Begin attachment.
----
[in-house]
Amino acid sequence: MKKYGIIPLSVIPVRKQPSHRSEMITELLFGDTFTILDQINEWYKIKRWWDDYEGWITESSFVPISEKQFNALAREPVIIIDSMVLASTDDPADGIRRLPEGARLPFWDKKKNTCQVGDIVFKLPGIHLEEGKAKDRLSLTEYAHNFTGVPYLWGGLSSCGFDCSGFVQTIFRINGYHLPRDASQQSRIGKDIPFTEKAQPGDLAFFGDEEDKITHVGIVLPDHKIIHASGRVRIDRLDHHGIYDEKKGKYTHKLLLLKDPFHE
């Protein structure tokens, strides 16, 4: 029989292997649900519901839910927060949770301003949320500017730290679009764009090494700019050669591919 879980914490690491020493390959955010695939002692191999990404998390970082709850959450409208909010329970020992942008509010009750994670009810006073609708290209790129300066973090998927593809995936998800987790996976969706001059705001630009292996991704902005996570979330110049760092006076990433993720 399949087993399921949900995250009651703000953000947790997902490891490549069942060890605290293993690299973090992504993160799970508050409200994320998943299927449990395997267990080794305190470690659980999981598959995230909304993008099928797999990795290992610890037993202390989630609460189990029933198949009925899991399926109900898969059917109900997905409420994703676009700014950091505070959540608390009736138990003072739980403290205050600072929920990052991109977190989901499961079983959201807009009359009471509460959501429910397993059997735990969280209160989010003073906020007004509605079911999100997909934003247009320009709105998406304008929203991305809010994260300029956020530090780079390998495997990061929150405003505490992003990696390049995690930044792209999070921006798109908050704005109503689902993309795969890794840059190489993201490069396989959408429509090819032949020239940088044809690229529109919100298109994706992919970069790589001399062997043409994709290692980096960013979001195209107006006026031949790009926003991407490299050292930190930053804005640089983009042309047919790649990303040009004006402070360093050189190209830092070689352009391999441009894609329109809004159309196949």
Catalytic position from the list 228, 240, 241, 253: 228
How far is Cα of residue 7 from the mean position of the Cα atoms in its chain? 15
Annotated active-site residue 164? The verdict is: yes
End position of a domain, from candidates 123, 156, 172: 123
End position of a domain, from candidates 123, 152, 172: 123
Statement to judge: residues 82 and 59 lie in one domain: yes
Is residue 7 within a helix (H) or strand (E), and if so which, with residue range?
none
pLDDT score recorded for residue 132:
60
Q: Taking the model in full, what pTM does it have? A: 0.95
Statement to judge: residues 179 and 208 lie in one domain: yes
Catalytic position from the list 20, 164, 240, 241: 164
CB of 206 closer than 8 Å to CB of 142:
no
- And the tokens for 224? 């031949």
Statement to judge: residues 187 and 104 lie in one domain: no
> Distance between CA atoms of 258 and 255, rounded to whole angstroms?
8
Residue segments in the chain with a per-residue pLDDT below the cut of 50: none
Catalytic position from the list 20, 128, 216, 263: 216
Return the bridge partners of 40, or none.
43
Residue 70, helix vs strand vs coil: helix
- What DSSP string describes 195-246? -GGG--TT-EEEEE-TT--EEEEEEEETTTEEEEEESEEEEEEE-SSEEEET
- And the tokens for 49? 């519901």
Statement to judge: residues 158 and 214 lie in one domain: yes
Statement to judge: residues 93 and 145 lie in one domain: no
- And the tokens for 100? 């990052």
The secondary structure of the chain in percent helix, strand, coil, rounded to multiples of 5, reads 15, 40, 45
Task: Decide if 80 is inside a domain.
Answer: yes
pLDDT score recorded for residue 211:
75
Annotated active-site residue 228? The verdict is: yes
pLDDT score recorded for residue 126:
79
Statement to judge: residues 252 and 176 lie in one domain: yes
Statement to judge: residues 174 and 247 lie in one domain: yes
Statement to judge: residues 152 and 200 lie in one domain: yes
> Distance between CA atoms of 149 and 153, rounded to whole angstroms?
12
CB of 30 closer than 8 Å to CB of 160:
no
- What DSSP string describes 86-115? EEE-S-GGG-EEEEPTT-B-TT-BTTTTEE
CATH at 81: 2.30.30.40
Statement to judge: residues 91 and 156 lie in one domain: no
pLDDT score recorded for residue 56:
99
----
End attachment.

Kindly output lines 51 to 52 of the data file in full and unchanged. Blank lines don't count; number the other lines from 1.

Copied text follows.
pLDDT score recorded for residue 56:
99